Changing Community Debt Into Maintenance Isn’t Mere “Clarification” of a Decree

Upon divorce, by agreement, the trial court awarded the marital residence to the wife, with the proviso that she “secure financing to purchase the residence” within one year. Otherwise, the house would be listed for sale. The husband was ordered to pay all ad valorem taxes on the residence for thirty-six months. In addition, the husband was ordered to pay maintenance for thirty-six months at $800 per month for one year, $700 per month for the second year and $500 per month for the third year.

The former wife did not secure financing. The former husband petitioned the trial court to order the house sold. The court ordered the house sold but also “clarified” the divorce decree: The trial court ordered the former husband to pay a pro-rated portion of the ad valorem taxes on the house for the full thirty-six months even if the house were sold in the meantime. The trial court believed that the decree required clarification because in its view, the parties intended the former wife to receive thirty-six months of financial assistance “whether in the form of property tax payments or additional spousal maintenance and that its order clarified this intent.”

The El Paso Court of Appeals reversed the trial court’s order and rendered judgment setting that order aside. The court observed that Texas Family Code section 9.007* prohibits a trial court from amending, modifying, altering or changing the final division of property in a divorce decree. Clarifying a final decree, under Texas Family Code section 9.008(b),** is permissible only when the trial court finds that the original decree is insufficiently specific to be enforceable by contempt. Accordingly, the trial court abused its discretion when it transformed the obligation to pay ad valorem taxes into maintenance. Everett v. Everett, No. 08-12-00035-CV (Tex. App. – El Paso Jan. 29, 2014).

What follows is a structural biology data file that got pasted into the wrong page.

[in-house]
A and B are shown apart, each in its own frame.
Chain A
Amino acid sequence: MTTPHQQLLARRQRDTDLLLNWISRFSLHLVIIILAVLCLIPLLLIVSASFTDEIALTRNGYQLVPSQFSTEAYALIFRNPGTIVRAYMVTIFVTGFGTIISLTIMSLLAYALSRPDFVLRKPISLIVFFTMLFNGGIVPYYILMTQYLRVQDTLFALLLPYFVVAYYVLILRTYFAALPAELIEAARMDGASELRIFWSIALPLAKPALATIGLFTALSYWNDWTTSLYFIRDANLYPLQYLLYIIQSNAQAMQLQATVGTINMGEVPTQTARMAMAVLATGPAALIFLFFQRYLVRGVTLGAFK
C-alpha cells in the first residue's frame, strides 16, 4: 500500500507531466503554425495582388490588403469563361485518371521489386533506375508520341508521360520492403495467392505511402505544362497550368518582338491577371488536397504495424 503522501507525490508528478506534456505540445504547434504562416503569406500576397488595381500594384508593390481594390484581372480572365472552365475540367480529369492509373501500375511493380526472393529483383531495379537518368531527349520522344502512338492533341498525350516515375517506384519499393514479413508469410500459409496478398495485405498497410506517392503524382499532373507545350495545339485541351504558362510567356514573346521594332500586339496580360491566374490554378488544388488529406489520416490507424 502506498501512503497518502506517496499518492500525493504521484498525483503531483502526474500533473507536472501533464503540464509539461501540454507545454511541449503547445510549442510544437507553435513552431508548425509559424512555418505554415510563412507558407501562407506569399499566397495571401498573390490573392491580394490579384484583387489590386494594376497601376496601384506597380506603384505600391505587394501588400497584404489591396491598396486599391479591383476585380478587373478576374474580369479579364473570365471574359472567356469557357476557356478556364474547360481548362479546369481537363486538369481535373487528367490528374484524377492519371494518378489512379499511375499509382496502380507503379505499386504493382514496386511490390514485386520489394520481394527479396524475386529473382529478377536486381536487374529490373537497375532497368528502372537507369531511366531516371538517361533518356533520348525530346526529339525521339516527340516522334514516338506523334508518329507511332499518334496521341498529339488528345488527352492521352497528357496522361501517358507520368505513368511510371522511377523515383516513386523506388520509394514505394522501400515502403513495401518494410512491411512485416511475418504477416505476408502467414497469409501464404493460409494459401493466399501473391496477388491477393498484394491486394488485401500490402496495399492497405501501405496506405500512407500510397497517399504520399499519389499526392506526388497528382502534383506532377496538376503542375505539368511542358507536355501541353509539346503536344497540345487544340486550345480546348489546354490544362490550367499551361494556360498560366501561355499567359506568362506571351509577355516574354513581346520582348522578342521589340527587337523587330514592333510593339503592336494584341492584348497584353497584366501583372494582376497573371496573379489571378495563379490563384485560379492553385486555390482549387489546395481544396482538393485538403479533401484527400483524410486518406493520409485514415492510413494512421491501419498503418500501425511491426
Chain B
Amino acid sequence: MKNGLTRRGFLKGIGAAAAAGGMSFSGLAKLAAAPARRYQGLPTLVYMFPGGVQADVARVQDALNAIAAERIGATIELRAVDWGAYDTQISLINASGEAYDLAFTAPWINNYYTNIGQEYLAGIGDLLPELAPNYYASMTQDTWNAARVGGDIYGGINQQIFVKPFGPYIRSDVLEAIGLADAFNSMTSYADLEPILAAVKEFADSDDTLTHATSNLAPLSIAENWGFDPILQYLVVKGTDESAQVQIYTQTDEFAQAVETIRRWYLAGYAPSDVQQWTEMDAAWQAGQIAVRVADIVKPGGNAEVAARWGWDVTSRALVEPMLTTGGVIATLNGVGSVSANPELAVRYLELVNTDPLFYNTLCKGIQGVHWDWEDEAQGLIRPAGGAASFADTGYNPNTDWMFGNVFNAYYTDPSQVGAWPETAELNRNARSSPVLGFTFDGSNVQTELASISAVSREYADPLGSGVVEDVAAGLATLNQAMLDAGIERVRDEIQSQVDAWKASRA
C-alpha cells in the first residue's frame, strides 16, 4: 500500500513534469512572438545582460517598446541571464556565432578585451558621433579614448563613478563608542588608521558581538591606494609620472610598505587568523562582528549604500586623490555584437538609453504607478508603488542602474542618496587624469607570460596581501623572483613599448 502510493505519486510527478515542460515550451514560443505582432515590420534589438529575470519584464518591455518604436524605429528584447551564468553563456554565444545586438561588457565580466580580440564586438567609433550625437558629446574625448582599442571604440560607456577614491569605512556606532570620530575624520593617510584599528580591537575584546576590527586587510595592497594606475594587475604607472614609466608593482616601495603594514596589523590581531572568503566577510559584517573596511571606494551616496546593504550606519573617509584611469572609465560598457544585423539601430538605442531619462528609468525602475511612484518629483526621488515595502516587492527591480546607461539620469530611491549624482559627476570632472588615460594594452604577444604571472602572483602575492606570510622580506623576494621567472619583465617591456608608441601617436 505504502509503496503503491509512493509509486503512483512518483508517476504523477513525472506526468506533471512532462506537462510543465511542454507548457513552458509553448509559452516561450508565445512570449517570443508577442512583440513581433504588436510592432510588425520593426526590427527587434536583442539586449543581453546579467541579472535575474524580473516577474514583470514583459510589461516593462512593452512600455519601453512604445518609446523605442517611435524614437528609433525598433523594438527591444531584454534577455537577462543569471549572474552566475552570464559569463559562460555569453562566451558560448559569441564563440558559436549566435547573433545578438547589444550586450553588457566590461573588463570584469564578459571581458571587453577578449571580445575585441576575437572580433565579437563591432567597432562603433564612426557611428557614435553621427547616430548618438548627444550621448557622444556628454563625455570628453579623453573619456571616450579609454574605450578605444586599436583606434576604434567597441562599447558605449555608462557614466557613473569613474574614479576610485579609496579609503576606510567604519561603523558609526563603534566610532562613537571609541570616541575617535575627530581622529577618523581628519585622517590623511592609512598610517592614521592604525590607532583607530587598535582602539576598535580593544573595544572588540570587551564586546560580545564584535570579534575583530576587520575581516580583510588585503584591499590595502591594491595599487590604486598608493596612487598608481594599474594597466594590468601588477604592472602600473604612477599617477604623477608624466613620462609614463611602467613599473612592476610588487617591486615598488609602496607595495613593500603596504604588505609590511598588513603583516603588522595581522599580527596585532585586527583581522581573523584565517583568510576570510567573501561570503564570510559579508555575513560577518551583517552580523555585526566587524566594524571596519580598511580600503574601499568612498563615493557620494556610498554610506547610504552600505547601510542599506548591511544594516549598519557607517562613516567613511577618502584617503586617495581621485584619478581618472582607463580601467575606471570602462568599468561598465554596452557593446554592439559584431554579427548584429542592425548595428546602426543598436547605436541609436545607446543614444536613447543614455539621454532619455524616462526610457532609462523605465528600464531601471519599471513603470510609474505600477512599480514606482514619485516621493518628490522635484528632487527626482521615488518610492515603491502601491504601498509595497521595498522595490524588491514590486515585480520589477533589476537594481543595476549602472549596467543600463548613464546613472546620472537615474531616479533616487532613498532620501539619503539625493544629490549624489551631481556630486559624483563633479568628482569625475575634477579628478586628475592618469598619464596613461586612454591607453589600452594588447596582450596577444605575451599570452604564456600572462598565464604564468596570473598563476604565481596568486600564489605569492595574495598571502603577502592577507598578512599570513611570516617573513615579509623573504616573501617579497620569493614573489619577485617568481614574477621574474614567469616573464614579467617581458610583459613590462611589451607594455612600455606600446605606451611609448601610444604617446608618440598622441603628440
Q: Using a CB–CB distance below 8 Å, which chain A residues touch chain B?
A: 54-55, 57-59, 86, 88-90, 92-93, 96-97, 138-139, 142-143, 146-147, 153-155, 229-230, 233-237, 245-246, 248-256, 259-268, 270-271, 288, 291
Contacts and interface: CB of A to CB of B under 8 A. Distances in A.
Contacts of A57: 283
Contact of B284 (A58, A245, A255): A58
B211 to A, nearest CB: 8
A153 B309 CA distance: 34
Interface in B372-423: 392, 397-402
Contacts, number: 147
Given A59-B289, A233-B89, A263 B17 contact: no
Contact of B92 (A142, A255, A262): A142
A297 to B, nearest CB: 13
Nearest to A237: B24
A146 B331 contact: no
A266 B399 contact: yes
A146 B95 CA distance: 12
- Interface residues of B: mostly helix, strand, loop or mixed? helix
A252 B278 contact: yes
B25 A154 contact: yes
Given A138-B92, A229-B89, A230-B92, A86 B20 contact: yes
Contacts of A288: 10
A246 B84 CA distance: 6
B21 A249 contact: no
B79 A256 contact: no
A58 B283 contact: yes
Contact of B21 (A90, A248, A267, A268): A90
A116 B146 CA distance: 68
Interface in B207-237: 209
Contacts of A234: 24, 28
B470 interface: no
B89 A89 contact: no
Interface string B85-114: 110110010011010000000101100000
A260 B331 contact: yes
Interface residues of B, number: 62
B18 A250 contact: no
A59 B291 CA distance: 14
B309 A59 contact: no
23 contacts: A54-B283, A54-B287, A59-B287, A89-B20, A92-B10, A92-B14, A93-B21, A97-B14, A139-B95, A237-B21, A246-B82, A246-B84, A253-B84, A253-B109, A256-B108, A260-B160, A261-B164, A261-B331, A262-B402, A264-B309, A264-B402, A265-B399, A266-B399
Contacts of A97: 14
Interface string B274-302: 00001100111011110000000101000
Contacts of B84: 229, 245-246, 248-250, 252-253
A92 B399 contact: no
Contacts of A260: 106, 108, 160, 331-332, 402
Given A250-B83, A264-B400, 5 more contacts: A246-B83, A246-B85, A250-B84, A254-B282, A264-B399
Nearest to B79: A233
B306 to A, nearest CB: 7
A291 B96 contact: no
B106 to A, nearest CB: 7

* Texas Family Code section 9.007:

(a) A court may not amend, modify, alter, or change the division of property made or approved in the decree of divorce or annulment. An order to enforce the division is limited to an order to assist in the implementation of or to clarify the prior order and may not alter or change the substantive division of property.

(b) An order under this section that amends, modifies, alters, or changes the actual, substantive division of property made or approved in a final decree of divorce or annulment is beyond the power of the divorce court and is unenforceable.

(c) The power of the court to render further orders to assist in the implementation of or to clarify the property division is abated while an appellate proceeding is pending.

** Texas Family Code section 9.008(b):

(b) On a finding by the court that the original form of the division of property is not specific enough to be enforceable by contempt, the court may render a clarifying order setting forth specific terms to enforce compliance with the original division of property.

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